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5 modern-day African festivals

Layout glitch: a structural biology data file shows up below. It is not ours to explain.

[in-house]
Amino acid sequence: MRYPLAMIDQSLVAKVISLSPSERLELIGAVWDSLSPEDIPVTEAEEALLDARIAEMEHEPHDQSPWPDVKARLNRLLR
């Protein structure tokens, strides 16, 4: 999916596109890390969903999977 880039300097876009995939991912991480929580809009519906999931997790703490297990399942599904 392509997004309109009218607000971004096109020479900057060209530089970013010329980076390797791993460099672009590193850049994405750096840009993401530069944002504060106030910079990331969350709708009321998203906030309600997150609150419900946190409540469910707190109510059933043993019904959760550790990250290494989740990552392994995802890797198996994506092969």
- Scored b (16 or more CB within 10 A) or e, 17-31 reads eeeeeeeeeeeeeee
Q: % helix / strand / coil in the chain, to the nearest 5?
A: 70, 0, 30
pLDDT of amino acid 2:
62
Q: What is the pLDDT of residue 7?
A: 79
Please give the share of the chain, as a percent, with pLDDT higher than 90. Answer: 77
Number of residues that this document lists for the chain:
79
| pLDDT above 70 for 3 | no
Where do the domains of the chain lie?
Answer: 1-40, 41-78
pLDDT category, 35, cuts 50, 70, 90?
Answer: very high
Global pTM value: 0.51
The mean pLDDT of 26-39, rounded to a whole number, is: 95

Africa is known for some amazing traditional festivals that showcase the rich and diverse cultures found across the continent. But it is also home to a growing number of modern-day festivals, created in the current era and celebrating the vibrancy of music and arts in Africa now. In this blog, we are taking a look at some of the continent’s best modern-day festivals. Lake of Stars, Malawi This three-day music and culture experience, hosted at the end of September, sees over 5000 festivalgoers coming to the shores of Lake Malawi. For visitors looking for more than African wildlife safaris, Lake of Stars festival has continued to act as a beacon for Malawi’s unique cultural and natural attractions, drawing in ever more visitors and gaining a huge amount of international exposure. Lake of Stars plays a pivotal role in helping local artists showcase their talent alongside acts from Europe and North America. While traditional music and dance are represented at the festival, the main focus is on the contemporary. With the likes of Malawian hip-hop, singer-songwriters, Afro-pop and psychedelic gospel, Lake of Stars caters to everyone’s interests, which is why this festival goes from strength to strength and has recently celebrated its 15th year. “This festival is about changing perceptions.” MTN Bushfire, Eswatini Bushfire festival, named as BBC’s Top African Festival, is held in the last weekend of May and draws a multi-generational global community of up to 20,000 to the scenic Malkerns Valley to experience an eclectic Pan-African and international line-up of live music, theatre, poetry, film, circus, dance and visual arts. A vibrant handcraft market, family-friendly performances & Kid Zone as well as the newly introduced interactive art and dialogue space, create a truly diverse & magical three-day entertainment experience. Spread over three days, the festival can sometime feels like three different festivals, starting with Friday introducing lesser-known folk and traditional bands. The Saturday offering stadium-like concerts with radio-friendly songs, and Sunday’s day festival bringing the big names that appeal across many generations. Natron 100, Tanzania Every November, this unique three-day, two-night festival unfolds in the amazing sand dunes of Lake Natron in Northern Tanzania. A celebration of nature, culture and adventure, this festival offers much more than just music – a gastronomic thrill with signature cocktails and free-flowing wine, adventure, and good music. There are only 100 tickets available, and the festival wristbands are handmade by the local Maasai women. This wristband gives you access to free activities during the weekend, including rock climbing, waterfall hikes, and viewing flamingos and fossilised footprints. In addition to free activities, guests also get free wine, beer, evening meals, and a brunch on the last day of the festival. The Nile River Festival, Uganda If it’s thrill and excitement that you look for in an event, welcome to Africa’s largest and longest running white water festival. This four-day event, taking place in January makes the most of some of the biggest rapids in the world and celebrates all that the River Nile has to offer. This festival attracts some of the best kayakers from all over the globe to compete for the champion title. This year, the festival and its guests saw the introduction of the mountain biking race as well, and the first ever freestyle white water rafting event. It is still a festival so the likes of the obligatory parties, live music and general festival vibes are also very present. With the imminent Isimba dam already well under way; the last few years of Nile River Festival are rapidly approaching. So be sure to get yourself to Uganda to enjoy this unique event before it’s too late. Livingstone Cultural Festival, Zambia April is a great time to visit Zambia. Not only is the Victoria Falls at its fullest, but the Livingstone International Cultural Arts Festival is held – celebrating its 5th year in 2019. Held during the Freedom Day long weekend, visitors have the opportunity to indulge in traditional cuisine and celebrate Zambian culture. Visitors experience the power of African music and culture at the annual event that showcases the best Zambia has to offer. From music, art, to thrilling adventure activities like bungee jumping and helicopter rides, this festival truly is the epitome of Zambian culture. And if that wasn’t enough, there may even be a chance to see a lunar rainbow over the Vitoria Falls. So, whether you’re a foodie, thrill seeker, or a culture vulture, there is something for everyone at Livingstone International Cultural Arts Festival. Kelly White is Director of the Malawi Travel Marketing Consortium. Malawi Travel Marketing Consortium aims to provide you with the best information to make Malawi your tourism destination. If you would like to be a guest blogger on A Luxury Travel Blog in order to raise your profile, please contact us.